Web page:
There are recreational and social benefits to be derived from engaging with the shooting community. Those benefits, when applied to deer stalking, must not be underestimated. Thus, in asking whether the main opportunities have been identified — a question that the Minister and the Forestry Commission asked through the Forestry Bill — it is clear that a huge opportunity has not been identified: deer stalking. It has been entirely overlooked as a local demand and a tourism resource. It is a sure money earner. I am sure that the Minister will not pass on exploiting that potential.
Scotland, for example, and other parts of the UK have embraced those opportunities with the establishment of publicly funded posts to promote country sports tourism. The data revealed in the PACEC report show the current value of shooting to the Northern Ireland economy, but there is further potential to be realised, and the Forest Service has a role to play in its development. When considering that sporting shooting provides an excellent off-season tourism opportunity, it is clear that there is scope for promoting it as a separate marketing strand. Partnership with the main representative bodies, noted in my introduction, could ensure effective marketing of that opportunity. Do it right and take full value of what is there.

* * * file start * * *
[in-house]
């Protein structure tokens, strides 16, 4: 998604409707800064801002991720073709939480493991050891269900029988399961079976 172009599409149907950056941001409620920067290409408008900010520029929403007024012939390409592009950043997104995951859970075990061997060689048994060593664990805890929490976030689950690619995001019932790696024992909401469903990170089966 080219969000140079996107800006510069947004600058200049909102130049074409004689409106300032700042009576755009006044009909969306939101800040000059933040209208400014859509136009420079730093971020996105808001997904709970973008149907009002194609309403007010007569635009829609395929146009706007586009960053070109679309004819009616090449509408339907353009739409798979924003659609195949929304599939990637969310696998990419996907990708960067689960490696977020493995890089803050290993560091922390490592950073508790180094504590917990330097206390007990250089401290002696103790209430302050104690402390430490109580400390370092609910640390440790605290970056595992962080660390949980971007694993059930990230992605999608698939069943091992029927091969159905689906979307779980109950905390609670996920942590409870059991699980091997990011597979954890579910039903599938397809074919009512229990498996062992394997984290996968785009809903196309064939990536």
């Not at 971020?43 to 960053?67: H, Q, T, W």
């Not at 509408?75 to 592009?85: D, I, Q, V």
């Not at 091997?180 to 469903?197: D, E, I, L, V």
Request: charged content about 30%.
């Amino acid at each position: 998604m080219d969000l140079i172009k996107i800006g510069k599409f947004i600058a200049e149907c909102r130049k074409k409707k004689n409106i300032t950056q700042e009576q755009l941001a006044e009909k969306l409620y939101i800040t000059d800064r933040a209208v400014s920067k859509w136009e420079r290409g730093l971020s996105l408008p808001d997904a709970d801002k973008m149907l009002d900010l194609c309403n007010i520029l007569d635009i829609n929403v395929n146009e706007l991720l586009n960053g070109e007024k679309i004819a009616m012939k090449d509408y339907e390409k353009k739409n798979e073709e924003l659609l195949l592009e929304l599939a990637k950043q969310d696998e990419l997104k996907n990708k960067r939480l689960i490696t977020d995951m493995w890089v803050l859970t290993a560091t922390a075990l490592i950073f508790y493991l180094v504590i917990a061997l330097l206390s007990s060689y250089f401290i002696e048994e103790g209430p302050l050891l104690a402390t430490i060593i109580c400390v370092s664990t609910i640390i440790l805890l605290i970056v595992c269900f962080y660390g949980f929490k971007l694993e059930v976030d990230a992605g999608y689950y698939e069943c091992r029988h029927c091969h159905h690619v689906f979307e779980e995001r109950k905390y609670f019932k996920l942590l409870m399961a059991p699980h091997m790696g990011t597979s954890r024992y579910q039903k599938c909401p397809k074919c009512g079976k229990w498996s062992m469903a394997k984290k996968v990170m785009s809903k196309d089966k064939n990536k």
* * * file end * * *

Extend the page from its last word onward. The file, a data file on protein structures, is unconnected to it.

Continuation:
I have, as have, perhaps, the Minister and other Members, been contacted by landowners of adjacent properties who are concerned that clause 30(4) gives a blanket public right to access on foot to all forestry land for the purpose of recreation. As the definition of forestry land is land that is owned by the Department, that does not mean land that is privately owned. However, there is concern that there will be cases of “right to roam”, as has happened in Scotland and other parts of the UK. If any forestry or Department land has shooting rights attached to it that belong to someone else, there is a possibility that those rights will be interfered with. It is important that we have protection for the landowners of adjacent land and that we have a system that does not encroach upon that.
There is also concern that clause 31, which allows a power of entry to any land and which seems to be in reference to the felling of trees, will give rise to the need for private landowners to have a felling licence for felling their trees. Such a licence will only be issued with a management plan, and that puts the landowners under more unwarranted strain. The decision to fell trees that are not protected is a decision for the owner, not the forestry division. Moreover, clause 14 issues a blanket ban, which, I believe, cannot and should not be enforced on private landowners and which could be construed as the Department having control of private woodlands and, subsequently, as a nationalisation proposal. Therefore there is a question mark over where this is going. It is feared that this is the compulsory acquisition of land, and that leaves the Department in complete control at a time when it is underfunded and, in some cases, ill-equipped to be so, regardless of whether it is fair to landowners. Where is the fairness for the landowners in that process? They are the people for whom I am fighting the bit today.